Silver Lake Cleantech Fund Raises $653M, Cuts Fundraising Target

Silver Lake originally filed for its new cleantech fund, Silver Lake Kraftwerk, in 2011; it was anticipated to raise $1.25 billion.  The most recent SEC filing published on Monday now lists its new fundraising goal as $750 million, reflecting the difficult environment for raising capital from limited partners. The filing also reveals that it has 82 limited partners and lists VC Privé, Credit Suisse Securities and Sustainable Development Capital as placement agents.

According to the Silver Lake website, the Kraftwerk “energy and resource innovation” fund targets companies globally that leverage technology and business model innovation to improve energy efficiency, reduce waste and emissions, harness renewable energy, and more efficiently use natural resources, among other applications.

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The firm started raising capital for the fund in November 2011, and counts Soros Fund Management as a strategic partner in the management of the fund and a limited partner. Soros committed a total of $300 million to the fund, $50 million of which represents a G.P. commitment, says Bloomberg. The fund’s previous SEC filing from July 2012 stated that Silver Lake Kraftwerk had raised just $302.4 million, which represented the Soros investment.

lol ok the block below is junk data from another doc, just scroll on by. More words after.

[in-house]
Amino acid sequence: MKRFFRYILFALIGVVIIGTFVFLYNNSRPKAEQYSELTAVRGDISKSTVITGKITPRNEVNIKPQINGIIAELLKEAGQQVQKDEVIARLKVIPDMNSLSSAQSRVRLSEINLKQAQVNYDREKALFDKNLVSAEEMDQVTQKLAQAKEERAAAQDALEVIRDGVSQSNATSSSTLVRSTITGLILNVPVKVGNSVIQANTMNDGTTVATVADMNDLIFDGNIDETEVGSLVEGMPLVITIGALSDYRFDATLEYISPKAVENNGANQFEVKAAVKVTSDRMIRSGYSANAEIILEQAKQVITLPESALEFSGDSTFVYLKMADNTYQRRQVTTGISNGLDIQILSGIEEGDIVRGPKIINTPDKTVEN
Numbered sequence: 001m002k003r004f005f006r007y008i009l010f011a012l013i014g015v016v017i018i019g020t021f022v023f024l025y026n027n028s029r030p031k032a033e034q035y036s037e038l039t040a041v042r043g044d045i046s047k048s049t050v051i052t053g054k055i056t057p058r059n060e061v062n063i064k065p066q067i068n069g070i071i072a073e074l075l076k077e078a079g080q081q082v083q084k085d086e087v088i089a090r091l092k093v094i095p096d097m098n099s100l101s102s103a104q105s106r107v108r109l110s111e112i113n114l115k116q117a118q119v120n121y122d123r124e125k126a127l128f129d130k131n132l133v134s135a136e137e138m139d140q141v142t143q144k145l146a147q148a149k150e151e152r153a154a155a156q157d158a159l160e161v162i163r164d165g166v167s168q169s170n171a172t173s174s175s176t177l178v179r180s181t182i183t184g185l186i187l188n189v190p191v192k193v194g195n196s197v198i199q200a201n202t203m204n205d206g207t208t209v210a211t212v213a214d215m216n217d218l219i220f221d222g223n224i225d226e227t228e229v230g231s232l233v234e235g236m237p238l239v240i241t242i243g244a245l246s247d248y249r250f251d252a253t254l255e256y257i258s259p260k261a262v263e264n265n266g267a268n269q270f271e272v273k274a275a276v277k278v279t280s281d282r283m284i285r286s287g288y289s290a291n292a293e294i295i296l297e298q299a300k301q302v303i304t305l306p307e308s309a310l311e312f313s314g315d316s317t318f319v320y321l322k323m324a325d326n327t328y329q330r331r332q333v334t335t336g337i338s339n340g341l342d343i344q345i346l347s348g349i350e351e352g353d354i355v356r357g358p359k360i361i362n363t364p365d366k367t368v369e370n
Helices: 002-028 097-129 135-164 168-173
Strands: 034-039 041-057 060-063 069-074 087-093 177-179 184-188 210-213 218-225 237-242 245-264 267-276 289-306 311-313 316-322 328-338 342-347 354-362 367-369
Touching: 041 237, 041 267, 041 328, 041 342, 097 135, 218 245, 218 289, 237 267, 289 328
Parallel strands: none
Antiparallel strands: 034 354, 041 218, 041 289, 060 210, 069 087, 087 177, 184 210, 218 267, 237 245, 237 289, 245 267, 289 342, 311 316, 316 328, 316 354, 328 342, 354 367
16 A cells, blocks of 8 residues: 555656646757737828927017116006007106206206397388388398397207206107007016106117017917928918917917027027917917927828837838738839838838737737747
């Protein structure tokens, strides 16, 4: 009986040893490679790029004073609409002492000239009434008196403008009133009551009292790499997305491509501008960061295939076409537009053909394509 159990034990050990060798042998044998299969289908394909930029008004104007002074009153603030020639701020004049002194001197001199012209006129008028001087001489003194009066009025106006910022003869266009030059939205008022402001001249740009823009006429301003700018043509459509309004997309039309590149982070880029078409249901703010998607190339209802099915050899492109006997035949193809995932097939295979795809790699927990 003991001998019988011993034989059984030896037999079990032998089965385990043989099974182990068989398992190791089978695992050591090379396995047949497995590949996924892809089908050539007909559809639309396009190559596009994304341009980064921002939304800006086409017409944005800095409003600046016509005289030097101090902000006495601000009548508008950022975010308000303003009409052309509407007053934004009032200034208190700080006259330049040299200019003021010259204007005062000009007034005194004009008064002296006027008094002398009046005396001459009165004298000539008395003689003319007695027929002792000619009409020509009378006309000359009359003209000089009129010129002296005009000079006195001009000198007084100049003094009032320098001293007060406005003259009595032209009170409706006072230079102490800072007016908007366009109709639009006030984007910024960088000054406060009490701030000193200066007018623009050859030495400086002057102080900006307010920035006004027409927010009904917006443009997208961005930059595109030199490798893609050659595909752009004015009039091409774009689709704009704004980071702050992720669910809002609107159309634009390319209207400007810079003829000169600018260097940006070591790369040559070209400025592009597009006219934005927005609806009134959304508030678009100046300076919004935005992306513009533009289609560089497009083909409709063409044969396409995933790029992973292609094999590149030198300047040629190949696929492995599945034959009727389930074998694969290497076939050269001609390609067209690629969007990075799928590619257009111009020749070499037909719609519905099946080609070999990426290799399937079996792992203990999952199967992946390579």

The fund, which operates out of offices in Silicon Valley and China, has made only two investments so far, according its website. It made a $40 million investment in German recycled plastics maker friedolaTech in November 2012, as a co-investor with Kleiner Perkins Caulfield & Byers. It also invested $81 million in home solar power provider SolarCity in February 2012, which had an IPO in December 2012.

Silver Lake group head Adam Grossner, previously a general partner at Foundation Capital, is leading the investment team that includes other senior members of the firm including Managing Directors Raj Atluru, Martin Fichtner, and Bryce Lee and Principals Arif Lakhani and Sebastian Neelamkavil. The investment team also includes Cathy Zoi, who worked at the U.S. Department of energy.

 

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